We speak to Robert Laycock, who is helping to bring the UK’s leading movie studio to Marlow, about James Bond, English Farm and local favourites
What is the background story behind Marlow Studios?
Some of my earliest memories are of moviemaking. As a child, I was never happier than when I was watching the latest 007 movie being made right here in Buckinghamshire or helping my grandmother, Dame Celia Johnson, the Oscar-nominated star of Brief Encounter, learn her lines for her next big project.
All my life I’ve lived, breathed, and dreamt movies. To say that building a movie studio is a passion project is an understatement – it’s a lifelong dream, with roots in the careers of my family going back three generations.
What kind of projects do you tend to involve yourself with?
I’ve always been drawn to huge challenges that help my local community. About 15 years ago I became the sub-postmaster of my village and built a cafe to make sure that our lovely village kept its beating heart.
Since then, I’ve also become a regenerative organic farmer in the Chilterns, trying to pioneer a sustainable and ecological way of producing local food. But I’ve never stepped away from story-telling. For 20 years I’ve been one of the guardians of my great-uncle Ian Fleming’s James Bond legacy and have commissioned the Young Bondseries of novels by Charlie Higson and the sequels to Chitty Chitty Bang Bangby Frank Cottrell Boyce, who wrote them while creating the opening show for the 2012 Olympics.
In addition to my work at Marlow Studios, I’m in partnership with Sir Sam Mendes, producing an adaptation of the classic John Fowles novel The Magus.
When was the proposed Marlow Film Studio first mooted?
We’ve been working on this for nearly five years. These projects take forever to plan, but I knew that there wouldn’t be a better place in the world to create an exceptional film studio than here in Marlow. South Bucks has got to be bold if we are going to keep our place at the epicentre of global filmmaking!
Together with a stellar group of designers – from Stirling Prize-winning architects Wilkinson Eyre and Prior & Partners, led by the master planner of the London Olympics – we’re making a truly exceptional studio.As well as being a world-beating creative campus, Marlow Studios will create over 5,000 jobs, more than 2,000 of which will be directly in film-making. Creating this level of opportunity for coming generations is a big part of my personal mission.
Why is Marlow perfect for a studio like this?
Buckinghamshire is the world epicentre of film making – whether it’s Captain America, or Star Wars, or James Bond, the world’s biggest franchises are shot here. To make movies you need motivated people, highly-skilled crews and access to global talent. That means you need to be as close as possible to London and Heathrow – just as the other major studios like Pinewood and Shepperton are.
British filmmaking in this part of the world is a globally significant asset and Marlow falls right in the heart of this cluster of talent and opportunity. It’s no coincidence that George Clooney, Sam Mendes, Paul Greengrass and Andy Serkis all live close by. This is where the best in the world want to work.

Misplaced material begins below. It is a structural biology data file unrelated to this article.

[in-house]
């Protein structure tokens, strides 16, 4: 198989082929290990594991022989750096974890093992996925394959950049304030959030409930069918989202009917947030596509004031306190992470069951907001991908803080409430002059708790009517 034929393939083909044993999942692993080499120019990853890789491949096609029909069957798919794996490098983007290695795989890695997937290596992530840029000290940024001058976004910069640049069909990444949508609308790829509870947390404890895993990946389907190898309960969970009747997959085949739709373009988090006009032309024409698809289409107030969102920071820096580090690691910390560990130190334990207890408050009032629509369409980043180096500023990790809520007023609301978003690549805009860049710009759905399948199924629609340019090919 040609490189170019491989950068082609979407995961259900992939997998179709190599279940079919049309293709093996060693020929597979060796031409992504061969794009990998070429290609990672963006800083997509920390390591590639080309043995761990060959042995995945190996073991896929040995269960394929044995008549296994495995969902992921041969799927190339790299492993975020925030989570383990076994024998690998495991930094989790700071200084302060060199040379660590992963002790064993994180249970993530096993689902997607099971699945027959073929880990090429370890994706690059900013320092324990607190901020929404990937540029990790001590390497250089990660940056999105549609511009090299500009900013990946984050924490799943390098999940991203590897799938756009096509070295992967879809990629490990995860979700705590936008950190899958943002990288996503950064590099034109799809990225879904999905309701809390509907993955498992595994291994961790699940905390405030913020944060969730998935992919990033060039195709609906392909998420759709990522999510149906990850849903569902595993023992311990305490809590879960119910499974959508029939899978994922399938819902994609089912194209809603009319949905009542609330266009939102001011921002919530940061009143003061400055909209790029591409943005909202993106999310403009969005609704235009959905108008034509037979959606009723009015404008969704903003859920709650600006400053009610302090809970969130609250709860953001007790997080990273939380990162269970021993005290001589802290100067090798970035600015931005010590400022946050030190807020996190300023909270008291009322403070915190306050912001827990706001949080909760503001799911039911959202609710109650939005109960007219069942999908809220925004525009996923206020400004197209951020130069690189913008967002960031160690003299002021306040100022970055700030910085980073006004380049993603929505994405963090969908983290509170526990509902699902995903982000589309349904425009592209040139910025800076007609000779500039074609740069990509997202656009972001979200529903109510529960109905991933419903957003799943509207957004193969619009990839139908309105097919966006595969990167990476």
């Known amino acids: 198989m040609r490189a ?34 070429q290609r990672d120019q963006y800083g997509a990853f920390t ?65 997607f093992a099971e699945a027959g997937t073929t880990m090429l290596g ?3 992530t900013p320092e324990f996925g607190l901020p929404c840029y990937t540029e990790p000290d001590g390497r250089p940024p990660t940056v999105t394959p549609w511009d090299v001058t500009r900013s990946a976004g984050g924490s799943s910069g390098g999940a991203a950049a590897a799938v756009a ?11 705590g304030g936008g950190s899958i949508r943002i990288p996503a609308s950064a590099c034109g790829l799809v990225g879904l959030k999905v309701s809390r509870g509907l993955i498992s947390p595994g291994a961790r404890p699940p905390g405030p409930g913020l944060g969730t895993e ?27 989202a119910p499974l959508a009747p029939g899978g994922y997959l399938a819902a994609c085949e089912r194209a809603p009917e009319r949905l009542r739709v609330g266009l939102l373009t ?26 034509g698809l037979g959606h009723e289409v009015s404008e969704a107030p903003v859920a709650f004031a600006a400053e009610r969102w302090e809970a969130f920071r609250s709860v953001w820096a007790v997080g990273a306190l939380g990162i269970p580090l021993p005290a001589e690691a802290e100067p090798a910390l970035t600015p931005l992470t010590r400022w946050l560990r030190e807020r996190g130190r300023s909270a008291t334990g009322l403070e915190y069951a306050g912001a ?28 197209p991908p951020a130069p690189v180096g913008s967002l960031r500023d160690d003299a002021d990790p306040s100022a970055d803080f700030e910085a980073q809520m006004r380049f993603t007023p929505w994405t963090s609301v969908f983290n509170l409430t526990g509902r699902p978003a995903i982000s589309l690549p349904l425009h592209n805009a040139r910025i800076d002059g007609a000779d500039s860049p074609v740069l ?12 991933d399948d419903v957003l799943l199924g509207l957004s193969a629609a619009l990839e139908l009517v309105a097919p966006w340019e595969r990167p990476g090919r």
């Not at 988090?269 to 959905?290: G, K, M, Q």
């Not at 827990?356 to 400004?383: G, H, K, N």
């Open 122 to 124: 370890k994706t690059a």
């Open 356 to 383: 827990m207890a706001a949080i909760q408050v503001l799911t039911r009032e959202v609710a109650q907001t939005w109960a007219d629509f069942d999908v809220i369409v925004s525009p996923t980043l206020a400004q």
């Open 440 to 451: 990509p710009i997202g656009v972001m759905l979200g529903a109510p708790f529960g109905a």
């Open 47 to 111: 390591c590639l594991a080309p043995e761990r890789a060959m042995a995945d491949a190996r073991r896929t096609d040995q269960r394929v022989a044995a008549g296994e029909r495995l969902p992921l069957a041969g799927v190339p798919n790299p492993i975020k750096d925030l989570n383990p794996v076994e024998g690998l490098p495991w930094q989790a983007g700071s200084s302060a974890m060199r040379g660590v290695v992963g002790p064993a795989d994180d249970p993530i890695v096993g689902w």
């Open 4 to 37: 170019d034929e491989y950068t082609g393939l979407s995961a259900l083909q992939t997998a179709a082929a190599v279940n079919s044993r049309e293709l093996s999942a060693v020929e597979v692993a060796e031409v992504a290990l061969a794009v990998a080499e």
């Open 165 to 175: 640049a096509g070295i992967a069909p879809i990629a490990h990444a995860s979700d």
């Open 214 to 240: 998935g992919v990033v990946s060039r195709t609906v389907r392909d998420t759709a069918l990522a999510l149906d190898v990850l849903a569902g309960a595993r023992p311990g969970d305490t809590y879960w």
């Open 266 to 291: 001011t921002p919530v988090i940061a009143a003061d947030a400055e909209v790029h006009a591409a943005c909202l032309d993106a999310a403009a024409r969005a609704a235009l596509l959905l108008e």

What has the local reaction been like so far?
We’ve been blown away by how enthusiastically the community has engaged with our vision. Every day, people walk into the shop we’ve set up as our engagement HQ in Marlow – contributing their ideas, passions, and concerns. We are all about collaboration. We’ve been taking careful note of what matters to the residents of our community, and you’ll see when we publish our masterplan that we’ve been both challenged and inspired by what we’ve heard.
The day an elderly gentleman told me he was supporting our project so his grandson could benefit, I must confess to getting a bit emotional. Of course, there is an element of very British scepticism – mainly people who think that we are developers whose ultimate goal is building flats. That is not true at all. We are passionate about movie-making and about Marlow.
Marlow Studios aside, you also run English Farm. What can you tell us about that?
The climate and the natural world are at tipping points. We haveto work closely with the planet, restoring biodiversity and our landscape. That’s why English Farm is founded on holistic principals producing ethical, sustainable, and delicious food.
Our Longhorn cattle live a natural life, restoring soils and creating a wonderful balanced ecosystem. English Farm is a carbon sink, and a haven of biodiversity – so long as I, and the hundreds of people who visit each month, keep our dogs on the lead! My lurcher Speed is a monster…
It doesn’t sound like you do get much time off, but when you do where do you like to visit in Buckinghamshire?
Marlow Market. It’s a hidden gem that takes place on the first Saturday in every month. English Farm always takes a stall, so next time you’re in the neighbourhood come and say hello. You can try our beef and support other local producers at the same time.
If you had to pick three places, where would you head to?
I love that Shakespeare walked through 16th century Marlow to get to London, on his way to change our culture for good, which makes walking the Shakespeare Way along the magnificent Thames at Marlow is always so evocative. For a birthday dinner, The Mash Inn at Bennett End is such a special experience. Watching Cricket at Wormsley. One of the most magical places in this very beautiful county.
Do you have a Buckinghamshire secret you are willing to reveal?
The filming of Brief Encounter at Denham was stopped to send the cameras to film the VE celebrations in London, so my grandmother went instead to celebrate outside Buckingham Palace with the crowds. She said in her letters at the time: “We sat on the Victoria Memorial and sang and shouted, ‘We want the King’ and talked to one and all and cheered the King and Queen when they came out.”